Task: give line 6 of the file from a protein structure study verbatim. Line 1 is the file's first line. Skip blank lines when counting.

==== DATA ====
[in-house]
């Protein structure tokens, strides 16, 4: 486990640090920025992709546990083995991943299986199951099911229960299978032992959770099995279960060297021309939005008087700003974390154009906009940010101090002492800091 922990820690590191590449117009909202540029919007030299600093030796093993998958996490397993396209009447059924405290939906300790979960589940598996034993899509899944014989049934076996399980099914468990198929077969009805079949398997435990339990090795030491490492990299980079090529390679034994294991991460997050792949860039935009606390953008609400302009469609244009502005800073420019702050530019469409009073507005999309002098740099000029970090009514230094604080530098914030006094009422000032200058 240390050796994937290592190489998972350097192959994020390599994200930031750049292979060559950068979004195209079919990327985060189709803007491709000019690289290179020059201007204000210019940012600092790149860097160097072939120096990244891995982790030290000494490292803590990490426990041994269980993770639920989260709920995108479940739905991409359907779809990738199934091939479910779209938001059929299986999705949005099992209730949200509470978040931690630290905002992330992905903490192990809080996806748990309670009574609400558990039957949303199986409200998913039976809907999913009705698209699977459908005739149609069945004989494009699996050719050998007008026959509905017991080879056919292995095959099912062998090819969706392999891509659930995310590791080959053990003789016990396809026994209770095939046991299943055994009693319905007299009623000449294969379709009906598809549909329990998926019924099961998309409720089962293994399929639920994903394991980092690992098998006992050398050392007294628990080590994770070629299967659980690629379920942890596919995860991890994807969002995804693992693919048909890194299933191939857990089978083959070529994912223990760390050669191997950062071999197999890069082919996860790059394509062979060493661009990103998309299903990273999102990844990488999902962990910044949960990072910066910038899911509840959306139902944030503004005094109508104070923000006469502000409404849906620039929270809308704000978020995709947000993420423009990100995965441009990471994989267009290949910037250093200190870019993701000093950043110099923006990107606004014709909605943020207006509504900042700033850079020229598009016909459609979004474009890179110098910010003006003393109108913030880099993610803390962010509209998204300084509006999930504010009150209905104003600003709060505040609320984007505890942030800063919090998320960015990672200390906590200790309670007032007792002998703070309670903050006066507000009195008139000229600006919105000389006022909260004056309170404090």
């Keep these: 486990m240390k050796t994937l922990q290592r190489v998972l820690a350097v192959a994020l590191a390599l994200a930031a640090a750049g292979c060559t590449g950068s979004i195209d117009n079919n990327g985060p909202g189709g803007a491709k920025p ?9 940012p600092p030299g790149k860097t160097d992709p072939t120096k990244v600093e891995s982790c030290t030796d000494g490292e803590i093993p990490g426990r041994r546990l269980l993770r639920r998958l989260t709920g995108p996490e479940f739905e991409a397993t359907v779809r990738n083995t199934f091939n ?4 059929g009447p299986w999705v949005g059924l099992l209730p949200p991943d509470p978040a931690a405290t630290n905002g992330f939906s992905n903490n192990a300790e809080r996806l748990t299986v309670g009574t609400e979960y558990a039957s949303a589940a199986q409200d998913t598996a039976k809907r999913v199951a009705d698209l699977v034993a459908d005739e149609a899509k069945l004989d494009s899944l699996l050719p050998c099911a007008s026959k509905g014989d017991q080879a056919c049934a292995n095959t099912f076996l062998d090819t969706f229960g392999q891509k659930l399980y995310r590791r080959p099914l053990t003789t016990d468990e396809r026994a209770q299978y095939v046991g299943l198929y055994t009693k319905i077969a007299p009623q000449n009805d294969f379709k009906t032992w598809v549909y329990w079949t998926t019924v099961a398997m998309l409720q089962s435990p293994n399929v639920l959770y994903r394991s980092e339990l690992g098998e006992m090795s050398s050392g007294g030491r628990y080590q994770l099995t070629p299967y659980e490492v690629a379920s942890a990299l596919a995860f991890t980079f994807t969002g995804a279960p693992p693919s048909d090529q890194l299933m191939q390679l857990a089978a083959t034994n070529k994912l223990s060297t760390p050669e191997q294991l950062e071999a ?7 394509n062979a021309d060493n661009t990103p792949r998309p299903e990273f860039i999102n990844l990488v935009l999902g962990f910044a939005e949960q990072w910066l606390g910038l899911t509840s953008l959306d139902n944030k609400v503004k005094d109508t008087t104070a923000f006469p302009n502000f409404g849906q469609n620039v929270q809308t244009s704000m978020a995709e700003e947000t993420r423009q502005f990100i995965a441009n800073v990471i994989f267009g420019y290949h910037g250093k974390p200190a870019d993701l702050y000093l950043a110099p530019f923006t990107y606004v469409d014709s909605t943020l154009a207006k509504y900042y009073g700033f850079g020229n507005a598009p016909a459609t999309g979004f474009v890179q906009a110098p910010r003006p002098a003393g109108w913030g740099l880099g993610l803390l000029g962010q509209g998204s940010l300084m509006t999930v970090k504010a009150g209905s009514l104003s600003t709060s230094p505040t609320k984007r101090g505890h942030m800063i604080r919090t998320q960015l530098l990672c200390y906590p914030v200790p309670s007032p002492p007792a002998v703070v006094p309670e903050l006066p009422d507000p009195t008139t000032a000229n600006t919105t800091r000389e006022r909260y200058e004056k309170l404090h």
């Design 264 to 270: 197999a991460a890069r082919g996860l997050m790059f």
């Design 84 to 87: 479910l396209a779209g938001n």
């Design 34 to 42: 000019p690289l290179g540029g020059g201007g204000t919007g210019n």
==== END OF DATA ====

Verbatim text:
């Design 34 to 42: 000019p690289l290179g540029g020059g201007g204000t919007g210019n």